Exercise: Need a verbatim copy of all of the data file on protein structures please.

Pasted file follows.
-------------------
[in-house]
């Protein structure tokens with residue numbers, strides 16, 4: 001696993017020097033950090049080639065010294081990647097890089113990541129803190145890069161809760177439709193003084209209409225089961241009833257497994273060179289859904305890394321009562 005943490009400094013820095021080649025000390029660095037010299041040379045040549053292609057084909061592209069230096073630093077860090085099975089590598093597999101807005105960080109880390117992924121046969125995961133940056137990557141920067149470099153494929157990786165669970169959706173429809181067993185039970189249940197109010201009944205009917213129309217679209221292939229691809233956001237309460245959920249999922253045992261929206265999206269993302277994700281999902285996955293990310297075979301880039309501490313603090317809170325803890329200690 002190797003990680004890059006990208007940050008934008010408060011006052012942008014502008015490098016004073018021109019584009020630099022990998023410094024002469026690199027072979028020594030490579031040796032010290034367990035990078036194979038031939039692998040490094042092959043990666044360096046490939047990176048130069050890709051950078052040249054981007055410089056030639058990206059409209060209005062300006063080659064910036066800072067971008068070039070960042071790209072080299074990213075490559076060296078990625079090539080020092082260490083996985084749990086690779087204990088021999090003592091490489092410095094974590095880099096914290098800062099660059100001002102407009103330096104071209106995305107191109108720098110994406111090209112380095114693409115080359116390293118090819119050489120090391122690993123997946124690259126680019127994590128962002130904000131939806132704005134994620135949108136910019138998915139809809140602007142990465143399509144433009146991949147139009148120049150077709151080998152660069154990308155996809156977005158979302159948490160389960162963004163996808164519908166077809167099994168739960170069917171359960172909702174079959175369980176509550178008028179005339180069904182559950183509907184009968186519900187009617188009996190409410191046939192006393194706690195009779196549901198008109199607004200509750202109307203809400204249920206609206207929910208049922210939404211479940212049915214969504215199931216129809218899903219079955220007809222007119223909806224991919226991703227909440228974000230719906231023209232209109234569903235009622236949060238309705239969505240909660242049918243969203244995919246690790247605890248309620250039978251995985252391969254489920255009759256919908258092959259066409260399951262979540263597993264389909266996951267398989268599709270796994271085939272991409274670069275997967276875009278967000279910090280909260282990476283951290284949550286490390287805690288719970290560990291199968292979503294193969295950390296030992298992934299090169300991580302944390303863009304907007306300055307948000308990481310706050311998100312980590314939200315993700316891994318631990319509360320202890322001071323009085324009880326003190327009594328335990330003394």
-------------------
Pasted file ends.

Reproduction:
[in-house]
């Protein structure tokens with residue numbers, strides 16, 4: 001696993017020097033950090049080639065010294081990647097890089113990541129803190145890069161809760177439709193003084209209409225089961241009833257497994273060179289859904305890394321009562 005943490009400094013820095021080649025000390029660095037010299041040379045040549053292609057084909061592209069230096073630093077860090085099975089590598093597999101807005105960080109880390117992924121046969125995961133940056137990557141920067149470099153494929157990786165669970169959706173429809181067993185039970189249940197109010201009944205009917213129309217679209221292939229691809233956001237309460245959920249999922253045992261929206265999206269993302277994700281999902285996955293990310297075979301880039309501490313603090317809170325803890329200690 002190797003990680004890059006990208007940050008934008010408060011006052012942008014502008015490098016004073018021109019584009020630099022990998023410094024002469026690199027072979028020594030490579031040796032010290034367990035990078036194979038031939039692998040490094042092959043990666044360096046490939047990176048130069050890709051950078052040249054981007055410089056030639058990206059409209060209005062300006063080659064910036066800072067971008068070039070960042071790209072080299074990213075490559076060296078990625079090539080020092082260490083996985084749990086690779087204990088021999090003592091490489092410095094974590095880099096914290098800062099660059100001002102407009103330096104071209106995305107191109108720098110994406111090209112380095114693409115080359116390293118090819119050489120090391122690993123997946124690259126680019127994590128962002130904000131939806132704005134994620135949108136910019138998915139809809140602007142990465143399509144433009146991949147139009148120049150077709151080998152660069154990308155996809156977005158979302159948490160389960162963004163996808164519908166077809167099994168739960170069917171359960172909702174079959175369980176509550178008028179005339180069904182559950183509907184009968186519900187009617188009996190409410191046939192006393194706690195009779196549901198008109199607004200509750202109307203809400204249920206609206207929910208049922210939404211479940212049915214969504215199931216129809218899903219079955220007809222007119223909806224991919226991703227909440228974000230719906231023209232209109234569903235009622236949060238309705239969505240909660242049918243969203244995919246690790247605890248309620250039978251995985252391969254489920255009759256919908258092959259066409260399951262979540263597993264389909266996951267398989268599709270796994271085939272991409274670069275997967276875009278967000279910090280909260282990476283951290284949550286490390287805690288719970290560990291199968292979503294193969295950390296030992298992934299090169300991580302944390303863009304907007306300055307948000308990481310706050311998100312980590314939200315993700316891994318631990319509360320202890322001071323009085324009880326003190327009594328335990330003394």